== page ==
Robots are nothing new on the modern battlefield. While there's still a way to go before our battles can be fought with Terminators and RoboCops, the military today employs a wide range of mechanized assistants that do search and rescue, bomb disposal and more.
"The Department of Defense is increasingly developing and using robots to assist troops," said Al Shaffer, deputy director of defense research and technology at the Department of Defense in an e-mail. "Robots are significant in that they can -- and are being used -- to provide greater protection to deployed forces."
But the BEAR -- Battlefield Extraction-Assist Robot -- may be the first battlefield robot that can go toe-to-toe with the science fiction fantasies Hollywood filled our heads with as kids. The U.S. Congress is so confident in that, that they've earmarked $1.1 million for the program in 2007.
Though it's just in its testing phase, the BEAR is a soldier's best friend. Aside from handling all the heavy lifting at the war-fighter's base of operations, thus easing the load -- no pun intended -- it'll also take a few bullets to get a wounded soldier out of harm's way when lead's flying and things are too dangerous for human beings.
"There are lots of places people can't go, whether it's a war or a fire or a natural disaster or a chemical spill, or a germ is in the air and you need get someone out," said Jonathan Klein, director of marketing and senior robotics adviser at Vecna Technologies, where the BEAR is being designed. "It can withstand things like fire and bullets and toxic materials, and even nuclear reactor cores, and the thing that really distinguishes it is not just its amazing strength and its ability to lift things weighing 400-500 pounds safely, but to go places people can't."
Though the image of a silvery robot heroically fighting through flames to rescue his "master" as bullets ricochet off its Kevlar exterior and explosions barely miss its metallic body sounds romantic, it's not that farfetched. But there are lots of other places and scenarios in which the BEAR could be useful. While most are less action packed than war zones, they're just as heroic.
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The BEAR can stand upright like a biped, or it can fold its legs and ride on tracks running along the bot's lower legs to navigate rough terrain or to climb or descend stairs. Its upper-body strength and ability to remain balanced allow it to pick up heavy loads safely and carry them over long distances while remotely operated by a human pilot.
Though the military applications are obvious and have led to Congress setting aside $1.1 million for the program in 2007, its potential use in caring for the elderly and infirm is just as promising.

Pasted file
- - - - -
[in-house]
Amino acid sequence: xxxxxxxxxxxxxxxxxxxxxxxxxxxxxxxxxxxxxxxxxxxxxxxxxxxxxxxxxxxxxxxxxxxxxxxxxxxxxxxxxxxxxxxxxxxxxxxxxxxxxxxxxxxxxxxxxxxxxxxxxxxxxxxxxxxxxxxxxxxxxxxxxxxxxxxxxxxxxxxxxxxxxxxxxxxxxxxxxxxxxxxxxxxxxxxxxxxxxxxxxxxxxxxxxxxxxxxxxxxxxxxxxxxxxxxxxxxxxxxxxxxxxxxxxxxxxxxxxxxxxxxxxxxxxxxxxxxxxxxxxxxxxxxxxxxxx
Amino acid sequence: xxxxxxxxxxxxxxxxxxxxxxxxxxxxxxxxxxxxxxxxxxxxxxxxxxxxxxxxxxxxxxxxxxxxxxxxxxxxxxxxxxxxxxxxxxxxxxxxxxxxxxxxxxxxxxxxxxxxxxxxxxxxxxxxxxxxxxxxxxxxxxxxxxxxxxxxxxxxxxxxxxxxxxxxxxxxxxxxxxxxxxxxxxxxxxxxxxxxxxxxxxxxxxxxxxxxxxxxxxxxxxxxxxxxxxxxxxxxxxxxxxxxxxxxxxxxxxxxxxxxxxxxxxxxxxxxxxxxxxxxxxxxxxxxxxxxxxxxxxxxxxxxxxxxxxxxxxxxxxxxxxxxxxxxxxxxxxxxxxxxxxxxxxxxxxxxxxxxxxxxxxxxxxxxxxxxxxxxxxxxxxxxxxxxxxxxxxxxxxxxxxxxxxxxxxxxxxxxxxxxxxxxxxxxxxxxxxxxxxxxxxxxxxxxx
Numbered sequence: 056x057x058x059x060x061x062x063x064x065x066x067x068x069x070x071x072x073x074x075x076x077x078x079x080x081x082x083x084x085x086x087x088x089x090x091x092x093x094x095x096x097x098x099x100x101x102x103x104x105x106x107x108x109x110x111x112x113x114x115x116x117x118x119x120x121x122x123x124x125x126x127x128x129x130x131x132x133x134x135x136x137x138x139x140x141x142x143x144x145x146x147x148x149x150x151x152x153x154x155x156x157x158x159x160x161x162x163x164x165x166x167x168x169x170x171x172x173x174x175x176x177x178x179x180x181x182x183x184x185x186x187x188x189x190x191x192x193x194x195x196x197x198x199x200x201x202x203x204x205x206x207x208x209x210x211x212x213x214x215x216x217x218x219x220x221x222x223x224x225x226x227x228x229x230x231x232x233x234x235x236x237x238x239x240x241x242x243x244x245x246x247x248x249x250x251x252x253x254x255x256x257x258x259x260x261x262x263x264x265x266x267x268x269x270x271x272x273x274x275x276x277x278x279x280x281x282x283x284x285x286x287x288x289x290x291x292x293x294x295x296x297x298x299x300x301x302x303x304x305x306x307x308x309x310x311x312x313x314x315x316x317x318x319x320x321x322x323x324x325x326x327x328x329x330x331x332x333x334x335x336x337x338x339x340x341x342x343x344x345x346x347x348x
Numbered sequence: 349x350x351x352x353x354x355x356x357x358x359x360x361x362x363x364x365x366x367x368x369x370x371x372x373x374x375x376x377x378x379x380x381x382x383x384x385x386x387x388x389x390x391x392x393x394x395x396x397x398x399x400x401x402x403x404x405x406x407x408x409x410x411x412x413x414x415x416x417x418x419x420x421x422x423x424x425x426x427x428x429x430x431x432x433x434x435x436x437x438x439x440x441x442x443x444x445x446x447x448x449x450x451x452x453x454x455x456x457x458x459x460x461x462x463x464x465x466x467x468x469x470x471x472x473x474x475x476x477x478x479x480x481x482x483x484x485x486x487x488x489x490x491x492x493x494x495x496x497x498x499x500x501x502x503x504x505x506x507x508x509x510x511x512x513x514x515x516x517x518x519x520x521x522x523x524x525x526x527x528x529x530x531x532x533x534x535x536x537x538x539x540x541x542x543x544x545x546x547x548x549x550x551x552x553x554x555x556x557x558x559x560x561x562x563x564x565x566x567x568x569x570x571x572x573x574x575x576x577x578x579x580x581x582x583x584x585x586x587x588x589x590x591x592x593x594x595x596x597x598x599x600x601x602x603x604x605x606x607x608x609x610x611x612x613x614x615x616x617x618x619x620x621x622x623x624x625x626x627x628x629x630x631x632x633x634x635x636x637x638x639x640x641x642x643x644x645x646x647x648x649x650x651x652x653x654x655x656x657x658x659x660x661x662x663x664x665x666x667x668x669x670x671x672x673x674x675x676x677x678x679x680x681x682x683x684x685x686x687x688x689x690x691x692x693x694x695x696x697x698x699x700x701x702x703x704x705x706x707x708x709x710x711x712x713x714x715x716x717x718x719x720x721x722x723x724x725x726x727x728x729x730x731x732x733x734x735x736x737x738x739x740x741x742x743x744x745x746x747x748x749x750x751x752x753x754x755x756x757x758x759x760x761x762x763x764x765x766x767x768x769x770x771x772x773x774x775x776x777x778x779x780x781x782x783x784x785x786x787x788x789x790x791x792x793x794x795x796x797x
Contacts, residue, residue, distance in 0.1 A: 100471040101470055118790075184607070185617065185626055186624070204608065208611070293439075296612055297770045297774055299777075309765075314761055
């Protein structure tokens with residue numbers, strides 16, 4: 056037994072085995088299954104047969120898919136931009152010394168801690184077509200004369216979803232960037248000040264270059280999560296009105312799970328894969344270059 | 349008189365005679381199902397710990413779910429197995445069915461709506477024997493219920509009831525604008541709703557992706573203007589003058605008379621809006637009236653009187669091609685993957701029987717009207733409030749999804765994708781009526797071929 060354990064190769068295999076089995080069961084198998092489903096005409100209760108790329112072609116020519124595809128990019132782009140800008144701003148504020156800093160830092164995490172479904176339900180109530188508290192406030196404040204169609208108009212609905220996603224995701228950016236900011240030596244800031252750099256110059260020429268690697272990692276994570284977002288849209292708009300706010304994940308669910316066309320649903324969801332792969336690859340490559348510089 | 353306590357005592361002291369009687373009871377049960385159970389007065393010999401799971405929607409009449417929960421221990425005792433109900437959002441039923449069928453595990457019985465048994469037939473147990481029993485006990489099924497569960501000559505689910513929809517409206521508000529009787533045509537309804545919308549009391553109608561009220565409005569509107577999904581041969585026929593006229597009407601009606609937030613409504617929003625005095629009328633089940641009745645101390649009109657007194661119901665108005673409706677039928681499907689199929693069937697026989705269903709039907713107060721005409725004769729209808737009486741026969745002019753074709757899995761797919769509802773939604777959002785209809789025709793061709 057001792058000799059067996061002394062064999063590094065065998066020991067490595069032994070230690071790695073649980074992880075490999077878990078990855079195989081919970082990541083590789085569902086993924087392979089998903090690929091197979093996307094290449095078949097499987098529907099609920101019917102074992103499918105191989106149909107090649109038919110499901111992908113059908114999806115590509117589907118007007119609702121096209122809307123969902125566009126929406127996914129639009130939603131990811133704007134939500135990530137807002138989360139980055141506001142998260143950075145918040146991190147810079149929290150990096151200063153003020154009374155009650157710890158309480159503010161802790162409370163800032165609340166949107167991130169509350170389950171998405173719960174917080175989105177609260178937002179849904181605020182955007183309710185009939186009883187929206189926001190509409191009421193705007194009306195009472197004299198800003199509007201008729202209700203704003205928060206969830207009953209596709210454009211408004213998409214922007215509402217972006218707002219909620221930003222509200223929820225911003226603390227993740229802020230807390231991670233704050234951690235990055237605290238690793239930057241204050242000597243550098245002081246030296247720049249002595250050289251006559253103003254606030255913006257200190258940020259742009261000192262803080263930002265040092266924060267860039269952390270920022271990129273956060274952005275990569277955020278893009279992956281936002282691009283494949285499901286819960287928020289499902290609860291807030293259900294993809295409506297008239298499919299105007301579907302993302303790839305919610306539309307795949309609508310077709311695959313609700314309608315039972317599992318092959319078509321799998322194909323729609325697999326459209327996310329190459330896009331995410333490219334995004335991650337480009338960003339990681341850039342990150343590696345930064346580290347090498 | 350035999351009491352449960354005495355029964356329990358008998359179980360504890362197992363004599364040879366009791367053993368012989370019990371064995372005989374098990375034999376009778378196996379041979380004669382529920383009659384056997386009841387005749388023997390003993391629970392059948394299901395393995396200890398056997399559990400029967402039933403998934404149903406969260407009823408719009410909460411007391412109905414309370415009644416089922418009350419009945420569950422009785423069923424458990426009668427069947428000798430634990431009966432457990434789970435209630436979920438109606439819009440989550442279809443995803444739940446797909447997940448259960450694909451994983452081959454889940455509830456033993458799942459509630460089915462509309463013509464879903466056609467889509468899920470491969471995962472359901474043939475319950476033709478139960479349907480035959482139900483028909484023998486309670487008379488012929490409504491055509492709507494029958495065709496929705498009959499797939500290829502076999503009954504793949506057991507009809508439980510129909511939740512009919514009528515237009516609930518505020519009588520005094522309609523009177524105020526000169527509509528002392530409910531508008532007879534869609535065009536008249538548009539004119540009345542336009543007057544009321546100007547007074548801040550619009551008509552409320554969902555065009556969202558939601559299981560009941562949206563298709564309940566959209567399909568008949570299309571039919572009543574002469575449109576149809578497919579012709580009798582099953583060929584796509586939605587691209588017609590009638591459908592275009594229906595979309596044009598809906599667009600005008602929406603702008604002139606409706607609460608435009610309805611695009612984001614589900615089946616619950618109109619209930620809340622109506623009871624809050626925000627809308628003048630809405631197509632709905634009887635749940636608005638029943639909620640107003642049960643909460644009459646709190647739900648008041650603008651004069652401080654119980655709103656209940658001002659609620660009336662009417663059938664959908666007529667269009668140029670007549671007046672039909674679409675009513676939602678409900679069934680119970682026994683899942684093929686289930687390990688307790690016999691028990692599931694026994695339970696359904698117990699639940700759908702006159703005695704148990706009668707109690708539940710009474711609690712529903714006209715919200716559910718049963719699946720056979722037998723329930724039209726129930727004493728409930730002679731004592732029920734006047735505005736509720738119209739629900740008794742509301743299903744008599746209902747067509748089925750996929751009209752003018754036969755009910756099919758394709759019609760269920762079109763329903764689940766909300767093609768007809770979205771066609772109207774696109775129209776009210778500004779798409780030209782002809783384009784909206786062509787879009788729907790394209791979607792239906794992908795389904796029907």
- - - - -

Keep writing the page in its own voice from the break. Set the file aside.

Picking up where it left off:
"The BEAR's lifting technology can be used to help patients to get from a bed to a chair, and in some cases [can be used] in some people's homes to help them," said Klein. "There's something dignifying about taking the human out of the loop. People want to be able to take care of themselves, and this is a robot that will allow them to do that."
Klein said that experts in the elder care industry have shown support for the BEAR program. He expects to not only see them in use at hospitals across the country but in homes as well.
"Obviously, the design will have to be modified and improved," said James Kuffner, associate professor at the Carnegie Mellon University Robotics Institute. "Maybe a track design won't be as nice for people's carpet or flooring as it is for a war zone."
Still, Kuffner likes the BEAR's design and said that when he looks into his crystal ball, he can certainly envision a not-too-distant future in which robots aid those in need. He points out that in Japan, where the nation's population is aging at an alarming rate, robot companions and entertainers have become increasingly common in both hospitals and homes.
"Studies have shown that the elderly are much more comfortable and … much happier in their own homes rather than in a hospital or nursing home," Kuffner said. "People definitely do get lonely, and just like a pet, you develop some affinity." But the BEAR can be more than a pet: It can store in its digital memory all the pictures of your friends and family, the important moments in your life, and tell you when to take your medicine.
Although Klein couldn't -- or wouldn't -- divulge a price tag for the robot or speculate as to when the BEAR would be ready for mass production, he said that Vecna's goal is to make it as affordable as a live-in home care provider for one year. As a former vice president at IRobot, makers of the Roomba robotic vacuum cleaner, Klein knows a thing or two about turning robots into common household appliances.
Kuffner said that crazy as it might sound, the possibility that robots could be affordable and available enough to become as mainstream as a dishwasher or automobile is not only possible, but inevitable.